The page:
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Most UK adults have at least one mobile phone, usually a pre-pay one, which is most likely to be made by Nokia and signed up to the Orange network

More than 36 million – or about 80 per cent of – people in the UK aged 12 and over own or have access to a mobile phone, according to the latest figures from Taylor Nelson Sofres (TNS). While it may not be a surprise that the highest penetration (93 per cent) is among 20to 24-year-olds, the findings also show that there is no significant drop in average penetration levels below the age of 55. Also, nine per cent of users now have more than one mobile phone, suggesting there are about 39 million mobile phones active in the UK.

The syndicated TNS panel, which has been running since the beginning of the year, reveals that Orange now has the greatest share of the UK market with a market share of almost 28 per cent. Vodafone is close behind with 26.5 per cent, followed by BT Cellnet, which has 25.5 per cent. One 2 One – the other of the “Big Four” operators, trails with a market share of just under 18 per cent.

The majority of mobile phone users (67 per cent) are pre-pay customers. Only 28 per cent are contract customers. There is also a third type of deal – pay-in-advance – where customers buy a complete package, usually covering a 12-month period. TNS believes this to be a declining tariff type, since only five per cent of mobile users use these packages.

Vodafone is the clear market leader for contract tariffs with about a third (33.5 per cent) of the UK market. Orange and BT Cellnet have about a quarter of contract customers each. Orange has cornered almost 29 per cent of pre-pay customers, followed by BT Cellnet (25.2 per cent) and Vodafone (23.1 per cent). The dominance of pre-pay is explained by a combination of factors – its convenience, the lack of contractual commitment (especially for the younger and older ends of the market) and cost (particularly where call volume is low).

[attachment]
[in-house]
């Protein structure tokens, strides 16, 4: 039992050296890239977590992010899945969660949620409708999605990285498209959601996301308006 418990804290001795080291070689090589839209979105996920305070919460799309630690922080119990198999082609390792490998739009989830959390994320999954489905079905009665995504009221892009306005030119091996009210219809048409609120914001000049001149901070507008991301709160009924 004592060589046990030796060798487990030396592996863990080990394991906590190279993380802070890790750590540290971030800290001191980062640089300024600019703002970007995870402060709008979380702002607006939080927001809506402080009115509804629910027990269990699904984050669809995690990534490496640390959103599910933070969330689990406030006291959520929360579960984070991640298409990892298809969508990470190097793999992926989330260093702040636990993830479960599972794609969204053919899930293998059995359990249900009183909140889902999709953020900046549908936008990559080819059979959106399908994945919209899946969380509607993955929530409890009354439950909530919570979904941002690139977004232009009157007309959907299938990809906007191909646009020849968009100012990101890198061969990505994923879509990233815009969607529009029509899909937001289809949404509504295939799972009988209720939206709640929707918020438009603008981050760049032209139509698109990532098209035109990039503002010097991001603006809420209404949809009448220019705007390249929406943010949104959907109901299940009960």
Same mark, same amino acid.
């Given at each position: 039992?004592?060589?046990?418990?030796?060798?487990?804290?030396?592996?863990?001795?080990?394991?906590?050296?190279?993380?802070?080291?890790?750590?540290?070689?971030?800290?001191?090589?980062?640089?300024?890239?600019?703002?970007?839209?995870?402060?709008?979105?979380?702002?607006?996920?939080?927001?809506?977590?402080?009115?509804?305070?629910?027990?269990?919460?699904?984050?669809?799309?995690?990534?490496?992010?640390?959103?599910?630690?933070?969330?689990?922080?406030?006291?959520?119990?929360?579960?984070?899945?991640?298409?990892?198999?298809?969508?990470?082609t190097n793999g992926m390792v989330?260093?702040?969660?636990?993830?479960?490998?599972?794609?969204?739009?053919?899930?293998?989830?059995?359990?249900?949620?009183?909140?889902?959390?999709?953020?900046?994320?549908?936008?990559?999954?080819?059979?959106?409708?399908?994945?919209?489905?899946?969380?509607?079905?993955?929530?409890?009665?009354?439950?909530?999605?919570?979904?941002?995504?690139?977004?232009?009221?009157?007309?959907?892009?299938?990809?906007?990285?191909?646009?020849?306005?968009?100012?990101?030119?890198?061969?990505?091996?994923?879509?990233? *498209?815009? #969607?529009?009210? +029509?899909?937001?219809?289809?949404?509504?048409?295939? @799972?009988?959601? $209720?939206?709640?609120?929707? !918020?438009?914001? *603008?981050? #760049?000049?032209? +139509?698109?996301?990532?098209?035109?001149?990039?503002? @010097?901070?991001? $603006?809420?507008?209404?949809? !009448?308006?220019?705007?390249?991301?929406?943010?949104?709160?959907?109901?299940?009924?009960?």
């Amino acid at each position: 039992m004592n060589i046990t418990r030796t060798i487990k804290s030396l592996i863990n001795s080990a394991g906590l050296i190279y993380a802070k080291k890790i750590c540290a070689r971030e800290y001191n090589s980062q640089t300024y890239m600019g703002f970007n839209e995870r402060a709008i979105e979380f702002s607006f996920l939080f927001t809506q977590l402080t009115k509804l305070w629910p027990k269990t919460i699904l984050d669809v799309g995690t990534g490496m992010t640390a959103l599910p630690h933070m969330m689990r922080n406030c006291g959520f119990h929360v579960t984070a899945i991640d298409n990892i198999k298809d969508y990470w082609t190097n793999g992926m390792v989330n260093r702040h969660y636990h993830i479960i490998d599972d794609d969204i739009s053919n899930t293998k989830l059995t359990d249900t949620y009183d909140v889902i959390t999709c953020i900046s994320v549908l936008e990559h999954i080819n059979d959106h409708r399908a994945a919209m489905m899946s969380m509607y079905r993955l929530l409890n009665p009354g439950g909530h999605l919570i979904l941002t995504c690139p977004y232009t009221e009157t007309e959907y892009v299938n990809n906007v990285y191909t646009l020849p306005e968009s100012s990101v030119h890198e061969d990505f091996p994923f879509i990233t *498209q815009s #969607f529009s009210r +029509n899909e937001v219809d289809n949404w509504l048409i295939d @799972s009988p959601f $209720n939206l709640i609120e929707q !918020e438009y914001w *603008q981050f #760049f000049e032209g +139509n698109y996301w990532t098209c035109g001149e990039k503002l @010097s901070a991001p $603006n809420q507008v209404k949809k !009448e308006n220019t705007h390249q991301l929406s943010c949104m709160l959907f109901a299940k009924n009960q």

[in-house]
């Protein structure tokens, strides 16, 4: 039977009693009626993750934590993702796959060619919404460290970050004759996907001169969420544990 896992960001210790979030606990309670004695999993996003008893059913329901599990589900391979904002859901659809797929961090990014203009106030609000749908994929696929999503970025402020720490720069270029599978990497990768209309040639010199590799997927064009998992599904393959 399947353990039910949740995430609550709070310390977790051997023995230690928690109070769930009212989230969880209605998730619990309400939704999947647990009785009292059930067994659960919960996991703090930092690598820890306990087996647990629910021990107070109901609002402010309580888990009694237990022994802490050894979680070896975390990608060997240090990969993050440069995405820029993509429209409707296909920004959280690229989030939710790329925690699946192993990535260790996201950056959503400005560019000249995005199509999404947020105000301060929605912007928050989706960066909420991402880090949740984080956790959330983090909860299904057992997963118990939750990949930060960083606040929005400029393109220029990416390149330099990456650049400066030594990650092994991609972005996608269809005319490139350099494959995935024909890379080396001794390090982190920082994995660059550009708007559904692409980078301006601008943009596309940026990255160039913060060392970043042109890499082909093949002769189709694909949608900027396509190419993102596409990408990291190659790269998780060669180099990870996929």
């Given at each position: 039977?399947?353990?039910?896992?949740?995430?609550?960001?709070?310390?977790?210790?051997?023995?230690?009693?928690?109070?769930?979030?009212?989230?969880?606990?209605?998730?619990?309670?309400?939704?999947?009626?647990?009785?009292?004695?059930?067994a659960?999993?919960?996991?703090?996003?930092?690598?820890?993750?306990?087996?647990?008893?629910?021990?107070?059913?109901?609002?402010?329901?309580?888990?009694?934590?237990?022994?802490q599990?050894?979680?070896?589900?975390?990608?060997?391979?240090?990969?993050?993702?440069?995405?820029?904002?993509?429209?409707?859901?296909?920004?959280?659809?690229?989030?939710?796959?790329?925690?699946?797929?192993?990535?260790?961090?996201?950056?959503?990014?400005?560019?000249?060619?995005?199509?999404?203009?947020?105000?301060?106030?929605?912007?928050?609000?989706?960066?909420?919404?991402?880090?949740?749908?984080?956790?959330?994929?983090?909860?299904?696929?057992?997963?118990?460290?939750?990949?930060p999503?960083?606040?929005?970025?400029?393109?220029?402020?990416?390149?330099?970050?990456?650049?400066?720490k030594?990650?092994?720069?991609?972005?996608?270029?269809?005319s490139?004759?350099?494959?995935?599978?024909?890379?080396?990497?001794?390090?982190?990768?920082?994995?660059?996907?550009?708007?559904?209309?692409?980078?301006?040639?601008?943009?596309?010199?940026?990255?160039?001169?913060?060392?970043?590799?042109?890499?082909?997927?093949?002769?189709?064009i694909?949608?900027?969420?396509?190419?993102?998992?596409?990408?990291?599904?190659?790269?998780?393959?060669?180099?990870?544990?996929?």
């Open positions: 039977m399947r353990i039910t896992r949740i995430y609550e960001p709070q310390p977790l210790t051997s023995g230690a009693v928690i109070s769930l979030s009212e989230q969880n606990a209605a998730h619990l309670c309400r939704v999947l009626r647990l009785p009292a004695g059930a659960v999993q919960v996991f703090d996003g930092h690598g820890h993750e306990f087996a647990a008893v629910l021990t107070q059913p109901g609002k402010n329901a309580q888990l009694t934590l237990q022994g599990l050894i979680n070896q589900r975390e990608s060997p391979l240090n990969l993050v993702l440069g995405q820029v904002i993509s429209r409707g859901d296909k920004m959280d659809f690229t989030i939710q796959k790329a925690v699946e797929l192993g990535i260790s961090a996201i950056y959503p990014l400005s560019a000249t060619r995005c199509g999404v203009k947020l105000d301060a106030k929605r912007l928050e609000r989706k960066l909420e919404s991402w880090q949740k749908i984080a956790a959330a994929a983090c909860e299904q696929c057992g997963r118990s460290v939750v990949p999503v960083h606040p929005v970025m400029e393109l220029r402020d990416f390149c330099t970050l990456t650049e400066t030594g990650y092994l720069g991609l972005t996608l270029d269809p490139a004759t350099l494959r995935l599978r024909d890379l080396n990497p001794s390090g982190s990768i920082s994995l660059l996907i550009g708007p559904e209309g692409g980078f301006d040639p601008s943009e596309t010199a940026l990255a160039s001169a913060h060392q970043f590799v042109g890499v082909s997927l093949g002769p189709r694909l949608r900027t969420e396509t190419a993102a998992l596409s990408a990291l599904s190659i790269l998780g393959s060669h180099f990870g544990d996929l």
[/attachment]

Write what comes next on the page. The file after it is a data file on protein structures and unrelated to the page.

According to TNS the average pre-pay customer spends about &£10 a month on top-up costs, whereas 16to 19-year-olds are likely to spend about &£16.50 and over-65s would only spend &£3.80. Clearly, therefore, targeting one 16to 19-year-old can be as lucrative as targeting about four over-65s.

Supermarkets emerge as easily the most popular outlets (40 per cent of the market by value) for pre-pay users to buy top-up cards, with newsagents in second place (17 per cent). Petrol stations, post offices and mobile phone specialists collectively account for 15 per cent of purchases.

Overall, Nokia dominates handset sales. It sold over half (51 per cent) of all handsets bought by UK consumers in the last quarter. The next largest manufacturers are Motorola (15 per cent) and Ericsson (ten per cent). No other brands have more than six per cent of the market.

Nokia is the clear brand leader for contract handset sales (78 per cent). However, there is a more even spread for pre-pay handsets, with Nokia accounting for 36 per cent, Motorola 19 per cent and Ericsson 13 per cent of the market.

TNS predicts that there will be a decline in the number of pre-pay handsets sold in the next 12 to 18 months, partly because penetration levels appear to be approaching saturation point. The other reason is that network providers have recently removed retailer subsidies, which will in turn increase the minimum price of a handset significantly (from below &£40 to about &£70) making pre-pay packages considerably less attractive. More than a third of all pre-pay handsets sold in

the second quarter of 2001 were priced below &£40, with retailers such as Argos and the supermarkets prominent in this sector. Cheaper pre-pay handsets have proven popular among older, first-time mobile phone owners, who often use a phone only for emergencies. However, while helping to boost customer numbers for the networks, pre-pay contributes relatively little to revenues.

The long-term future of the mobile phone market is unclear, with uncertainty about how third generation technology will be delivered and its cost implications for users. While it will be interesting to see how much of an impact rising handset prices will have on user numbers, it is clear that mobile phones have become an accepted and integral part of the UK lifestyle, and are likely to remain so.

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